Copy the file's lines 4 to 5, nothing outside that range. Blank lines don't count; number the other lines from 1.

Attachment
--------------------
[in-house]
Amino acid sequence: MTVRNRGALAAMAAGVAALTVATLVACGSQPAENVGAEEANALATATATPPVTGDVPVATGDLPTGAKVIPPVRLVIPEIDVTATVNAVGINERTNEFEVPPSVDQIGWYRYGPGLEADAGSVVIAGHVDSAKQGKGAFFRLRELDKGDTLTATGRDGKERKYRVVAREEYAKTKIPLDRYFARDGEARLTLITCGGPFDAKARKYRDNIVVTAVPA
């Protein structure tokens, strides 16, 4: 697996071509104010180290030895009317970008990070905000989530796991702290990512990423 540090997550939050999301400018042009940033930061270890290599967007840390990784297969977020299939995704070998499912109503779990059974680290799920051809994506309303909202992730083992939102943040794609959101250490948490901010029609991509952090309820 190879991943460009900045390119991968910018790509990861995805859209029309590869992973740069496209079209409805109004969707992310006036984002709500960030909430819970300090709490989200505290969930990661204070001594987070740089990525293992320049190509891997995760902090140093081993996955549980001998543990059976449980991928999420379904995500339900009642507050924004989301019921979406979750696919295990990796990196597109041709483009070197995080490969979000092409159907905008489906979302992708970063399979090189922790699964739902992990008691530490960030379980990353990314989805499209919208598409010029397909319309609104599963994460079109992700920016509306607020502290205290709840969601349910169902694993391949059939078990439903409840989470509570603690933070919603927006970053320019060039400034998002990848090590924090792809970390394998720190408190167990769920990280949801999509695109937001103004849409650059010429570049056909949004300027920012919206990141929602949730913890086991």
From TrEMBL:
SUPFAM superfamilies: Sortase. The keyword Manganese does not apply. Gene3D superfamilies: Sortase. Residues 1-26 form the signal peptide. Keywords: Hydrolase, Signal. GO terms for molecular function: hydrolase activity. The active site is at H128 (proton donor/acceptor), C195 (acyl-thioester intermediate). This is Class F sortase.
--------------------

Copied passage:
From TrEMBL:
SUPFAM superfamilies: Sortase. The keyword Manganese does not apply. Gene3D superfamilies: Sortase. Residues 1-26 form the signal peptide. Keywords: Hydrolase, Signal. GO terms for molecular function: hydrolase activity. The active site is at H128 (proton donor/acceptor), C195 (acyl-thioester intermediate). This is Class F sortase.